What We Like About The Partnership

There are huge and urgent needs amongst a desperate group of people who have been severely traumatized by the horrific things they have experienced. 

As a Sudanese refugee himself, who has known considerable trauma and loss in his own life, Thomas is an ideal person to be able to minister to these people and has a real love and concern for the South Sudanese people. 

 

Key People

Leadership Profile

love Sudanese people Thomas and Joyce Lubari are both refugees from Sudan and have been living in Uganda since fleeing the war in Sudan in 1990 (this was an earlier civil way before South Sudan became an independent country in 2013). They had five children of their own, although one is now sadly deceased. They also often have other children in their home who they care for. They initially planted a church in the west Nile town of Koboko which borders South Sudan and the DCR. However, rebel insurgency hit Koboko and they fled to Jinja where they planted the church in the Njeru slum in February 1996. They continue to lead this local church in Jinja, but their hearts are in South Sudan and with the refugees.

Thomas has a background in agriculture and theology, has a master's in development and has recently received his PhD. He has also had training in trauma counselling. Joyce is trained in accounting and currently works in the administration department of a Bible School.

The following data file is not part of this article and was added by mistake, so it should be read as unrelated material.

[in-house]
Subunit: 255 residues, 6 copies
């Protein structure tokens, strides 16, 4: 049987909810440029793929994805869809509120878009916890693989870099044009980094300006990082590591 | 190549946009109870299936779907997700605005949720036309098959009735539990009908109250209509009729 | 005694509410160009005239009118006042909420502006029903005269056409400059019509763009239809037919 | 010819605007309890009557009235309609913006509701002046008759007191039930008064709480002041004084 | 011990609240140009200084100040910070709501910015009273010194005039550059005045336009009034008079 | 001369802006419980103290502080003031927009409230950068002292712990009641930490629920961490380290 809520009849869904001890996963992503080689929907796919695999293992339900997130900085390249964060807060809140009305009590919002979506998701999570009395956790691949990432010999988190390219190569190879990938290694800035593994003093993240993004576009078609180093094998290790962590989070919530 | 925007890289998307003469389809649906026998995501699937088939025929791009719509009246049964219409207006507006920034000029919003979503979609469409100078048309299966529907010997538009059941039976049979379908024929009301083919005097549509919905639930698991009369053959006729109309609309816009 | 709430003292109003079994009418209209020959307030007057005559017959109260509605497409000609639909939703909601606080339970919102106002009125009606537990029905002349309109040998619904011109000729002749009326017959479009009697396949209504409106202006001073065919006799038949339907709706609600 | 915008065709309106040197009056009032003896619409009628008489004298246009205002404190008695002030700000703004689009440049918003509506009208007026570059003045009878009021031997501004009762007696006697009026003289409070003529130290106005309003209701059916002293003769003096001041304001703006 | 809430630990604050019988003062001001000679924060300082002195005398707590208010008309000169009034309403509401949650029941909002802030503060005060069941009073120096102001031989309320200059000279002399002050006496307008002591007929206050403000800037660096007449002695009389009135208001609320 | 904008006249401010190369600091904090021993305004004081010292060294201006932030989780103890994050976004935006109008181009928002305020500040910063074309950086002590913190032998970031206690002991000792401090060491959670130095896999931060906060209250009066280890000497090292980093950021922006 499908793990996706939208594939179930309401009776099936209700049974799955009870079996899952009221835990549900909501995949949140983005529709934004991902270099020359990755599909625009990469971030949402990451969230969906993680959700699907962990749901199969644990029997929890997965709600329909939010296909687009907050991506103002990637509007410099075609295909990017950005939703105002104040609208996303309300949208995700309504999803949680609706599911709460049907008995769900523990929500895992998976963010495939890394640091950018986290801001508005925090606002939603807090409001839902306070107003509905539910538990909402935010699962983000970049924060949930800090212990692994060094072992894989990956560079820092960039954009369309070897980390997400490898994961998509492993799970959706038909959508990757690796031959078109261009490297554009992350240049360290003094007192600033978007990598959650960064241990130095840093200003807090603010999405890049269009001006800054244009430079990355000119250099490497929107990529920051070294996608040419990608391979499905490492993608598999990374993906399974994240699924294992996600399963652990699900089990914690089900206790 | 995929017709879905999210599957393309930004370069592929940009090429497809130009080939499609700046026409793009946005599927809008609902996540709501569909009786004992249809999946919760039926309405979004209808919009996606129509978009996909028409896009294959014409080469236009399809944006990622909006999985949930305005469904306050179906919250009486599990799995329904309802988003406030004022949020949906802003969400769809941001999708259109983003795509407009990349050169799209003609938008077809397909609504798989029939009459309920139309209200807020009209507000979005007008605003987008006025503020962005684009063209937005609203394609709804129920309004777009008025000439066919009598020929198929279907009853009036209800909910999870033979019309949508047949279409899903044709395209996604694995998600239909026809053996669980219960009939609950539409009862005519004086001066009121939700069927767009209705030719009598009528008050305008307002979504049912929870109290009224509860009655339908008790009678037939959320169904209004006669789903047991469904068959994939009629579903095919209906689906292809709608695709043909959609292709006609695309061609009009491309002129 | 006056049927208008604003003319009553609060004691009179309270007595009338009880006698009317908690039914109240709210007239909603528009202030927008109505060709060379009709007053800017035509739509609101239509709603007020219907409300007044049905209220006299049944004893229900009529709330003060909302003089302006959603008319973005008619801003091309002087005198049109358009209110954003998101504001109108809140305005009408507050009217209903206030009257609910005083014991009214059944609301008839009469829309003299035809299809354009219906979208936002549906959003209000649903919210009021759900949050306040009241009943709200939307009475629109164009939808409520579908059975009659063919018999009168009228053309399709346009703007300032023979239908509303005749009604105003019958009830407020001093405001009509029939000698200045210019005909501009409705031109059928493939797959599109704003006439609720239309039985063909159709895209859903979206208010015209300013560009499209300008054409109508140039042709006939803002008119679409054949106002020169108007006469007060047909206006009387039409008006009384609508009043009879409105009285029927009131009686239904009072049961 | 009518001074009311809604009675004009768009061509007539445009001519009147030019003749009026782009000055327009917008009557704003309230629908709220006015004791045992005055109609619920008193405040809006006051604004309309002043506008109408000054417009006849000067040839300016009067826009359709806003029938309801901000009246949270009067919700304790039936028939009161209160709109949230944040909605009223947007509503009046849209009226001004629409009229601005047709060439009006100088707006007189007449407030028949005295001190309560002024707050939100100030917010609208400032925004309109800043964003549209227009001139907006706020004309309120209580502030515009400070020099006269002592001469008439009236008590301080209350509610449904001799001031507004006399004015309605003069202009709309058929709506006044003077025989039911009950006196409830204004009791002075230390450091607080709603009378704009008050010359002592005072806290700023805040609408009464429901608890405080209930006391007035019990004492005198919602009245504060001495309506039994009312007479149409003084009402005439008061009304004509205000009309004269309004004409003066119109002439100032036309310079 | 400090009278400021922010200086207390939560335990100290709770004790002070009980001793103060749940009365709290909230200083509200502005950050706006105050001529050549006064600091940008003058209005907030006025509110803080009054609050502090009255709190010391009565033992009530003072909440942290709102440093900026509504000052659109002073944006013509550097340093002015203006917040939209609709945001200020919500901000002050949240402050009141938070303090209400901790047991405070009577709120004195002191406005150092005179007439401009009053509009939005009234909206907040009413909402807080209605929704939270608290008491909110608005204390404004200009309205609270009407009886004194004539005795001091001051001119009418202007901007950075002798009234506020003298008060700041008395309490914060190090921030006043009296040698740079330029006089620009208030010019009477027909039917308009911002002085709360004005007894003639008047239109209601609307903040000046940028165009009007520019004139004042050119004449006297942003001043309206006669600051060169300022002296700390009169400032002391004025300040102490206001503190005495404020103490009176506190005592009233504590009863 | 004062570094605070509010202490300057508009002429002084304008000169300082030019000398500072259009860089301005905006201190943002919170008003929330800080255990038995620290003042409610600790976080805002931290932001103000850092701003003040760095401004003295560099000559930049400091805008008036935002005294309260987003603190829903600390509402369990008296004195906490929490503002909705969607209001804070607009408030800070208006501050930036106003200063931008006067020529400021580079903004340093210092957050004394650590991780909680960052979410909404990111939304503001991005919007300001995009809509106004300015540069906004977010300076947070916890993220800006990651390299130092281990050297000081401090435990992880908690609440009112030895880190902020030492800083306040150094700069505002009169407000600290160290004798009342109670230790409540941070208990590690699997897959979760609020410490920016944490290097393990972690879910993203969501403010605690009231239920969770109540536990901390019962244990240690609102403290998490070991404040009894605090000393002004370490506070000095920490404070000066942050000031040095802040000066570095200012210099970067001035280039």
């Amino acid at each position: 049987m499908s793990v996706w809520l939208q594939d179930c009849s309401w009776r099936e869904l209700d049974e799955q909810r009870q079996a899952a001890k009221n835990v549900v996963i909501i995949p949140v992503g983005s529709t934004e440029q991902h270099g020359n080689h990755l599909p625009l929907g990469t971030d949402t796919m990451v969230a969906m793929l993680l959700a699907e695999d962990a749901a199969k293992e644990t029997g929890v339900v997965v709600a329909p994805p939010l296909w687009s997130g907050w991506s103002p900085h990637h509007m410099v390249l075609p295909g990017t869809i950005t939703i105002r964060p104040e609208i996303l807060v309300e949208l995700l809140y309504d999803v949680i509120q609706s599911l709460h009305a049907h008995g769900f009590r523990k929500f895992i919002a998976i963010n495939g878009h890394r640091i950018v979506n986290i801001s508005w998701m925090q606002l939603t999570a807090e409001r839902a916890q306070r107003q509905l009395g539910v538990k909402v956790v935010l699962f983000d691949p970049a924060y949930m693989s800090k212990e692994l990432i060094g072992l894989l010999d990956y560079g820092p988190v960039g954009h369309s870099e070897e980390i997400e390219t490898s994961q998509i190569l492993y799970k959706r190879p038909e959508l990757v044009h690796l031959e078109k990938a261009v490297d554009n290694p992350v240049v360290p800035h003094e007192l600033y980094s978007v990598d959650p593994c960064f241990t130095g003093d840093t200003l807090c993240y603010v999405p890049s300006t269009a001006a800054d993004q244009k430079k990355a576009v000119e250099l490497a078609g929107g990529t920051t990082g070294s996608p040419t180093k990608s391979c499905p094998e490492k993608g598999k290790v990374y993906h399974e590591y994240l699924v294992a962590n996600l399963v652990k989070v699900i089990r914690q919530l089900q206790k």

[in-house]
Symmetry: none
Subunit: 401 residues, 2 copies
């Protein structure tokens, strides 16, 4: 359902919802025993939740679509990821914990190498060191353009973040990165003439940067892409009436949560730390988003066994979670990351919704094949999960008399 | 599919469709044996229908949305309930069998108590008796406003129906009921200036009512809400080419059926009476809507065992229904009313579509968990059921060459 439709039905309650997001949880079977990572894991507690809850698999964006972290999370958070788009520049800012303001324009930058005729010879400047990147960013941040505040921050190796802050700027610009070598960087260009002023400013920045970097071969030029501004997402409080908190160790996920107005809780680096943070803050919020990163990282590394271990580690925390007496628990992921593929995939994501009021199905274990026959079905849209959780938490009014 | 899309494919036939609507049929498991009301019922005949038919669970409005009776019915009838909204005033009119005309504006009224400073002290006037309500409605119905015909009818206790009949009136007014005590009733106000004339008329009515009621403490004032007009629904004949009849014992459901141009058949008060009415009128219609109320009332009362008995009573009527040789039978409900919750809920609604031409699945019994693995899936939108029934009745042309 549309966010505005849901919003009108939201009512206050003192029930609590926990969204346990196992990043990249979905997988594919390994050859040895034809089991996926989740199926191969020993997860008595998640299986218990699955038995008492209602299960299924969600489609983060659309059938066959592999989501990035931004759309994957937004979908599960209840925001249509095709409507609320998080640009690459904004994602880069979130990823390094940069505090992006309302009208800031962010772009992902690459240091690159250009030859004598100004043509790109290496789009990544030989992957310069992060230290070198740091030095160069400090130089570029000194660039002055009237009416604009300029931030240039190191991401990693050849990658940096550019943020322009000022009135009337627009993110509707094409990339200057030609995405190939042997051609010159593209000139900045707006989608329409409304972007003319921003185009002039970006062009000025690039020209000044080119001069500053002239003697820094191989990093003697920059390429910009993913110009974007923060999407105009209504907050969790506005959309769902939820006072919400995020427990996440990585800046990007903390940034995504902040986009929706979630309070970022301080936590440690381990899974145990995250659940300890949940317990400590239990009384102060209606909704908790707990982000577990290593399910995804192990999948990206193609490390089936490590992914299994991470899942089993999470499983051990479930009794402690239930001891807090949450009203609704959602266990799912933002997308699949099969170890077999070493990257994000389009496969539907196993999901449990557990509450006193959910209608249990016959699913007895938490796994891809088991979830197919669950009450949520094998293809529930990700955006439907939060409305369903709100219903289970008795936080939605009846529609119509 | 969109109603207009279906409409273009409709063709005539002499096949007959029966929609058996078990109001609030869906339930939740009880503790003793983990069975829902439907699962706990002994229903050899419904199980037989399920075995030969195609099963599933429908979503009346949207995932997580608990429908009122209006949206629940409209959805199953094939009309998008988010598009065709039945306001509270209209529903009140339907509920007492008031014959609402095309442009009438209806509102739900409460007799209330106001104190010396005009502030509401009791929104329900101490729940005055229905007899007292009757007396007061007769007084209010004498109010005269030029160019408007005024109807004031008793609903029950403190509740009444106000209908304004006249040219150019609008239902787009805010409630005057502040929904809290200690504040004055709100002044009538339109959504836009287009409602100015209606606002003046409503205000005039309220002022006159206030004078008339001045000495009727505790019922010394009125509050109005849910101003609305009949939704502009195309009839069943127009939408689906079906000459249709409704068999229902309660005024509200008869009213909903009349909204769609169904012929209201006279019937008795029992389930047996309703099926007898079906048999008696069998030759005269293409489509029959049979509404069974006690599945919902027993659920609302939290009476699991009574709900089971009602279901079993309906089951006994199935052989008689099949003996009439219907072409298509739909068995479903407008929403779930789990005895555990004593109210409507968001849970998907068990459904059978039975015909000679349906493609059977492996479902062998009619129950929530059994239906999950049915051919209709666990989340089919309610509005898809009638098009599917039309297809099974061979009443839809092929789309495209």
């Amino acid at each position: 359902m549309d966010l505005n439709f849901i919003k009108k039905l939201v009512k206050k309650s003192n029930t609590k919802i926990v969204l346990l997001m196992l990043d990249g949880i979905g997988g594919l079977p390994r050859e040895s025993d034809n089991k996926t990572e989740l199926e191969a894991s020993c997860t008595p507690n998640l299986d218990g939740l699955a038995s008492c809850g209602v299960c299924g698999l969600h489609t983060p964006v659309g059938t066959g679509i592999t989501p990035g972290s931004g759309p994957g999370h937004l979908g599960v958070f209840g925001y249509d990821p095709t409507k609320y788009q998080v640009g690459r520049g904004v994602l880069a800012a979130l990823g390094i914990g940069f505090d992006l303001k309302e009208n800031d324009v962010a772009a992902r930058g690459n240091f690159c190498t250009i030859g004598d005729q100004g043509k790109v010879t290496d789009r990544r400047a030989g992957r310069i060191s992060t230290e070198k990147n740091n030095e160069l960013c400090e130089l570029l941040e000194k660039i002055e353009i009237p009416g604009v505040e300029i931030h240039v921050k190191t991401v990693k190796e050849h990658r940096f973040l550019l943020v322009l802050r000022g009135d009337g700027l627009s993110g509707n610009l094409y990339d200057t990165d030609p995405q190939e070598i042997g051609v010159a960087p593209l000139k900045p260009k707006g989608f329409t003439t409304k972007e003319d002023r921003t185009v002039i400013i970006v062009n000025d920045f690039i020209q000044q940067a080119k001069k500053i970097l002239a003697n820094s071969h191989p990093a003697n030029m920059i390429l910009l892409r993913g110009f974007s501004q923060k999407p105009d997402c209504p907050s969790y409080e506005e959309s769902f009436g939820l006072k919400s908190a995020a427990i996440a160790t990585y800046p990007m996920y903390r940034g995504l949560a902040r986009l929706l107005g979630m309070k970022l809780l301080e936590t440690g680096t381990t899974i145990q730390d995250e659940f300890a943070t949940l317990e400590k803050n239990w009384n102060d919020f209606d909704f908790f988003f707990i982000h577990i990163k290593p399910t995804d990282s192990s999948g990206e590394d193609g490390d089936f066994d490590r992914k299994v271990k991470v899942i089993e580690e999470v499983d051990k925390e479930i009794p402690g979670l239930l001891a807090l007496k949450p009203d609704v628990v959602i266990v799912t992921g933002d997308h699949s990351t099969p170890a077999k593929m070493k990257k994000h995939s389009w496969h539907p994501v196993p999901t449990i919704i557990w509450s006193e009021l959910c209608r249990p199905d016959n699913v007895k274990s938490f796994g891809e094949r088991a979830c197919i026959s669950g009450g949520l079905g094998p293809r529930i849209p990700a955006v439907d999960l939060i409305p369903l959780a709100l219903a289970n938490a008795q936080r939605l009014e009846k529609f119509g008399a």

Vision And Annual Strategy

victim of warThe vision is to provide refugee pastors with training and provision of integrated counselling beyond the level of words only but also to meet their needs in a more practical way (theo-bio-psycho-social counselling). This will enable them to develop a sense of self-worth, receive healing and be able to minister hope to the refugees at an individual level, enabling their recovery from post-war effects. This is also now largely tied into livelihood development (Foundations for Farming training) as a means of developing hope and resilience for these traumatised communities in the camps. 

Objectives:
1) To equip pastors with pastoral care and counselling abilities to be able to respond and provide spiritual, physical, psychological and social care to the traumatized refugees so as to gain a sense of hope, acceptance and identity.    

tough place to live2) To regularly run inspired hope building workshops/conferences built around the bringing of healing to the traumatized due to the fact that all refugees are traumatized in one way or another. 

The project will seek to train pastors representing different refugee communities and camps in Uganda. Thomas and Joyce will get these church leaders together in a place away from the resettlement camps and spend several days helping and encouraging them. The pastors themselves need strategies for their own personal trauma resilience and healing. 

The pastors/trainees will in turn reach out to the refugee communities through locally organized seminars addressing trauma and healing. They work with local community leaders to identify victims of trauma who manifest symptoms of trauma and give them the necessary counsel. Trainers/counsellors will be provided with training materials including a bible each.